Using the this table definition

CREATE TABLE testtable (
  desc        VARCHAR2(30)

I would like to create a trigger before inserts and updates to ignore any value given by these statements and instead use the next value in sequence - as if no value was defined in that statement.

I don't want to use GENERATED ALWAYS AS IDENTITY since this throws an error. I would rather ignore any value given and use the next possible value.

What I am looking for is a way to identify the sequence used for this identity ans use nextval in a before-insert/update trigger.

In this article a SQL statement is given to get the name of the sequence that is used for the identity which I maybe could use within the trigger (???) but the statement doesn't work for me:

SELECT a.name AS table_name,
       b.name AS sequence_name
FROM   sys.idnseq$ c
       JOIN obj$ a ON c.obj# = a.obj#
       JOIN obj$ b ON c.seqobj# = b.obj#;

If the statement would work I would have the sequene name as a string but I guess I would need the object itself to request the nextval.

Is a trigger the right way to go or should I look for something else?

For Oracle 11g I have implemented this functionality using trigger and sequences. The trigger looked like this for inserts:

create or replace trigger testtable_sgk
before insert on testtable for each row
    select testtable_seq.nextval into :new.id from dual;
  • Ignoring the input value without generating an error, and using the sequence instead, sounds like a bad design. Any code should not reference the column at all, so presumably, only users who are running inserts AD-HOC (via: SQLPlus, SQLDev, TOAD, whatever...) would have issues here. If I was the aforementioned end user, I would much rather see "ORA-32795: cannot insert into a generated always identity column", then have it silently ignore my input and just do its own thing... – Kris Johnston Feb 16 '17 at 17:29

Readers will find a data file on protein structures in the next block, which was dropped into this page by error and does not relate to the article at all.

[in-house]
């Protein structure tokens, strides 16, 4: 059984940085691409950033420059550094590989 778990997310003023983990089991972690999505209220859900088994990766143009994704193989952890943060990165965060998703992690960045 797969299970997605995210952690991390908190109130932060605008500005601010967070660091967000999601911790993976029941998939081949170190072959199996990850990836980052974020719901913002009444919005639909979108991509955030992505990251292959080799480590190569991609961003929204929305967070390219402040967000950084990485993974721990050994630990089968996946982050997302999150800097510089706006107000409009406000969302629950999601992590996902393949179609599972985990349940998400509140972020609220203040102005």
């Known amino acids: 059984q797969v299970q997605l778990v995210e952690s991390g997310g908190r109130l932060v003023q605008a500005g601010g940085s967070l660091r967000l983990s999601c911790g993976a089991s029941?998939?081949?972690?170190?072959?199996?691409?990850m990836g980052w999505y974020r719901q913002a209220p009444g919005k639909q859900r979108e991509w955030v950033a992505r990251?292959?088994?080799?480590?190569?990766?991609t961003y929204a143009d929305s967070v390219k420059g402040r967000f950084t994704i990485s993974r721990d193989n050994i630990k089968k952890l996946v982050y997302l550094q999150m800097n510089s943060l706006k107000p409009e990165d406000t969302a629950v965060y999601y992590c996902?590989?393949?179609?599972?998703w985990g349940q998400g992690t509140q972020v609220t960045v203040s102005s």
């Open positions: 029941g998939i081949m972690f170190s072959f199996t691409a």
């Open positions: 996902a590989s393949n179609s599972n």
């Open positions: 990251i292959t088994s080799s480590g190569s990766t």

• The main purpose would be convenience. Say if I have a large table with many columns. If I create inserts of selected data I would have to edit all those inserts and remove the identity column. With a trigger I could ignore them. – ap0 Feb 17 '17 at 10:26
  • The two main advantages of identity columns is speed + the best kind of code is no code, which Connor McDonald explains in a mere 4 minutes: youtube.com/watch?v=O62vLxQSxxI. Since you aren't benefiting from either of these advantages with your circumvention, If you're still set on doing this, you're probably better off not using an identity column at all and just create/maintain the sequences + triggers yourself like most Oracle shops did under 11g. – Kris Johnston Feb 17 '17 at 18:26
  • The correct solution to your problem is to fix the incoming code so that it will not specify value for column ID. You can then retain generated always as identity clause. – Raj Feb 20 '17 at 13:07
  • What happens if you let the trigger set the column to null? I.e. create or replace trigger testtable_sgk before insert on testtable for each row begin set :new.id = null; end; I don't know the exact syntax, but you should get the idea. – Lennart May 28 at 19:20

You are reverse engineering a concept.

Identities are simple, one time event entry. If one table doesnt fall within the complexity of the operations, skip the usage and work on a trigger logic solution. But dont try to complicate things, and create more calls than necessary.
Identity usage is not mandatory, triggers are not going away...

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